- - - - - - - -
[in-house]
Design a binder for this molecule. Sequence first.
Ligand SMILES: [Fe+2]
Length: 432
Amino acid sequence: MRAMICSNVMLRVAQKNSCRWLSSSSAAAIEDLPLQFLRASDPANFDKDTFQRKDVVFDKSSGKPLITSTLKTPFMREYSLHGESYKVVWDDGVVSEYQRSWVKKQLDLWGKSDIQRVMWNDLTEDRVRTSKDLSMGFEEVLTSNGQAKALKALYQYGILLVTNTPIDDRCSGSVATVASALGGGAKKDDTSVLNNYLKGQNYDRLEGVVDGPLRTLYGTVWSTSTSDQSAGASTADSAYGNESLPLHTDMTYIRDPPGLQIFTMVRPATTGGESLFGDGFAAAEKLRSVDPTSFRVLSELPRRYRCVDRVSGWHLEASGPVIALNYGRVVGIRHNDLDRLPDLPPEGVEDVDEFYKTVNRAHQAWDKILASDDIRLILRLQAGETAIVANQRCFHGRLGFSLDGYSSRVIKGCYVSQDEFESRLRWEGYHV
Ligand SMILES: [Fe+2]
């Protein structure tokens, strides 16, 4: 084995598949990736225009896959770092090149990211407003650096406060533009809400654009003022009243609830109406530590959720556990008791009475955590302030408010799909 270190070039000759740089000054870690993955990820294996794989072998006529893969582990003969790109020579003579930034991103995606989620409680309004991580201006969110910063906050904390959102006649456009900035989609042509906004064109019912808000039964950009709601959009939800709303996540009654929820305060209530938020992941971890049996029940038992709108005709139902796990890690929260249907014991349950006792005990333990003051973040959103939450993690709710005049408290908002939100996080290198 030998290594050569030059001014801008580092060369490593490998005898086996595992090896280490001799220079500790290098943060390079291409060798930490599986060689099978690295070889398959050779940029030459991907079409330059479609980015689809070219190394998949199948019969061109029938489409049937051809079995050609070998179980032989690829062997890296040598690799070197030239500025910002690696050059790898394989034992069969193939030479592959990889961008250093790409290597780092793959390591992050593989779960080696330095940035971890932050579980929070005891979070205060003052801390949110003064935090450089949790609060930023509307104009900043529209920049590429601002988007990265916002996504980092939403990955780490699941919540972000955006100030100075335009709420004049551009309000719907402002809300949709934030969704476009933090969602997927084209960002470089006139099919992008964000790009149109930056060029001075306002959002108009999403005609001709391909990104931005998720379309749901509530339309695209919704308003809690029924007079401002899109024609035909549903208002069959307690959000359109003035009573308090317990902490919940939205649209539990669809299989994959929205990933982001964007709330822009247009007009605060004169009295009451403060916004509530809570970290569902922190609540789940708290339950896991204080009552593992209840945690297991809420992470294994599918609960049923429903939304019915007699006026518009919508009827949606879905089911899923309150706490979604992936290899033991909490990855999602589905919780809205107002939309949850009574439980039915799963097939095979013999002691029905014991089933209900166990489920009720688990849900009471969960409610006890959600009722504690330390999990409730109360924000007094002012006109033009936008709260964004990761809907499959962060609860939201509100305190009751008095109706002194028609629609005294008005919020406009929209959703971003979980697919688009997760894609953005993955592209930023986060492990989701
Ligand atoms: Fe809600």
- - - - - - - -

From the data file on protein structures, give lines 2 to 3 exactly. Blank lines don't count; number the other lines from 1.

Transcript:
Design a binder for this molecule. Sequence first.
Ligand SMILES: [Fe+2]